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in height, without taking care withal proportionably to enlarge the bottom; whereby the whole is in danger of coming to the ground; or they are for putting on the cupola and pinnacle before they are come to it, or before the lower parts of the building are done ; which tends at once to put a stop to the building, and hinder its ever being a complete structure. Many that are thus imprudent and hasty with their zeal, have a real eager appetite for that which is good ; but are like children, that are impatient to wait for the fruit until the proper season of it, and therefore swatch it before it is ripe : Oftentimes in their haste they overshoot their mark, and frustrate their own end ; they put that which they would obtain further out of reach than it was before, and establish and confirm that which they would remové. Things must have time to ripen : The prudent husbandman waits until he has receive ed the former and the latter rain, and till the harvest is ripe, before he reaps. We are now just as it were beginning to recover out of a dreadful disease that we have been long under; and to feed a man recovering from a fever with strong meat at once, is the ready way to kill him. The reformation from Popery was much hindered by this hasty zeal : Many were for immediately rectifying all disorders by force, which were condemned by Luther, and were a great trouble to him. See Sleiden's History of the Reformation, page 52, &c. and book v, throughout. It is a vain prejudice that some have Jately imbibed against such rules of prudence and moderation: They will be forced to come to them at last ; they will find themselves that they are not able to maintain their cause without them; and if they will not hearken before, experience will convince them at last, when it will be too late for them to rectify their mistake.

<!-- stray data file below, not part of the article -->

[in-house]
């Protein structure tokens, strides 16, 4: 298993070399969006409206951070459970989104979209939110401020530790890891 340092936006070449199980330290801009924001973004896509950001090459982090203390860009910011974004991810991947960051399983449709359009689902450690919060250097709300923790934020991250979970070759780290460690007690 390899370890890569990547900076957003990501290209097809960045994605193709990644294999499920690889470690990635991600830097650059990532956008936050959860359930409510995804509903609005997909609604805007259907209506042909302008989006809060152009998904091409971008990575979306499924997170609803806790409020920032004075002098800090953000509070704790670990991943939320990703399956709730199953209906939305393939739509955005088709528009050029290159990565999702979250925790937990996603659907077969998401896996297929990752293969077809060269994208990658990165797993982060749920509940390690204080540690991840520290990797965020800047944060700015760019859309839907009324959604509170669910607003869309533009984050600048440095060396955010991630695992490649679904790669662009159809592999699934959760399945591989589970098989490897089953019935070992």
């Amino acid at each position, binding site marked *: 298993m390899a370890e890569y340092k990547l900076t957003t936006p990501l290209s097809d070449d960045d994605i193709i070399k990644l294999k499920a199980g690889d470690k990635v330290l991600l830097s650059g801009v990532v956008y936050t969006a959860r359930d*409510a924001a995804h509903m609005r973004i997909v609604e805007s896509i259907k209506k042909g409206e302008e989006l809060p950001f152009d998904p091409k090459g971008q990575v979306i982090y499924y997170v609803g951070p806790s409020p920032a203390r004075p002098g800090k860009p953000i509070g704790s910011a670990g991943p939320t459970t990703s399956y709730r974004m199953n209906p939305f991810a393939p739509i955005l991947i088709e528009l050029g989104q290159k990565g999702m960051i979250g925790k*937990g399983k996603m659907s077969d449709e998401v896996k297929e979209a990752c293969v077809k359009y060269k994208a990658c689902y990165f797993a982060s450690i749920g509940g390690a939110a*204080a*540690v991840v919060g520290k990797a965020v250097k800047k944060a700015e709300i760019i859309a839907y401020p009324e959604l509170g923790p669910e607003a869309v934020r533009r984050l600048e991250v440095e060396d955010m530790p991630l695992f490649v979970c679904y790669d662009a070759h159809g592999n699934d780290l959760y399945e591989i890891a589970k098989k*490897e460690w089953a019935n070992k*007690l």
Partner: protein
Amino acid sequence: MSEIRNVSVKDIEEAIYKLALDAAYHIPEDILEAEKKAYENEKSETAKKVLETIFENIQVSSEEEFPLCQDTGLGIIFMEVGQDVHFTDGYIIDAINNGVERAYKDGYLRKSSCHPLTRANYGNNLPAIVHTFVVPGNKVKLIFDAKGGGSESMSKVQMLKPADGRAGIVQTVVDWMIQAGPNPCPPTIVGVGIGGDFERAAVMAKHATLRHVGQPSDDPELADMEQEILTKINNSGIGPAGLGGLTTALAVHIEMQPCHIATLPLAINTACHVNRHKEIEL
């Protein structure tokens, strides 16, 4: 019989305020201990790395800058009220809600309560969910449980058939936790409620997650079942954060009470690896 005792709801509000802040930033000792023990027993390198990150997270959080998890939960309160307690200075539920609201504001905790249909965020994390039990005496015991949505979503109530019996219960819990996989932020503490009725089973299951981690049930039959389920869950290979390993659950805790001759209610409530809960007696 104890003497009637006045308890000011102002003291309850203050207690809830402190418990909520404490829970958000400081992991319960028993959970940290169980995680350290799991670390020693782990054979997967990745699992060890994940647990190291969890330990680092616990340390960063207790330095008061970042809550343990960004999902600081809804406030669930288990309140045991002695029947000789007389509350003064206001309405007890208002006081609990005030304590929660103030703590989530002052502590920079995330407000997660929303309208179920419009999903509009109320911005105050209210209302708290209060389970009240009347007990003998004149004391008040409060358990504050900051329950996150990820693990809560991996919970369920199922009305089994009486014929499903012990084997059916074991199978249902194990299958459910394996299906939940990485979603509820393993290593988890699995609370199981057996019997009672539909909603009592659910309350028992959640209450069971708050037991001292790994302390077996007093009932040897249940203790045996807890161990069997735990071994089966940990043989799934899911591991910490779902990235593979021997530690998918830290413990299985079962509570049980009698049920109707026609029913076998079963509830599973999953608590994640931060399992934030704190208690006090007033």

Another error, that is of the nature of an erroneous principle, that some have gone upon, is a wrong notion that they have of an attestation of divine providence to persons or things. We go 100 far when we look upon the success that God gives to some persons, in making them the instruments of doing much good, as a testimony of God's approbation of those persons and all the courses they take.

It is a main ar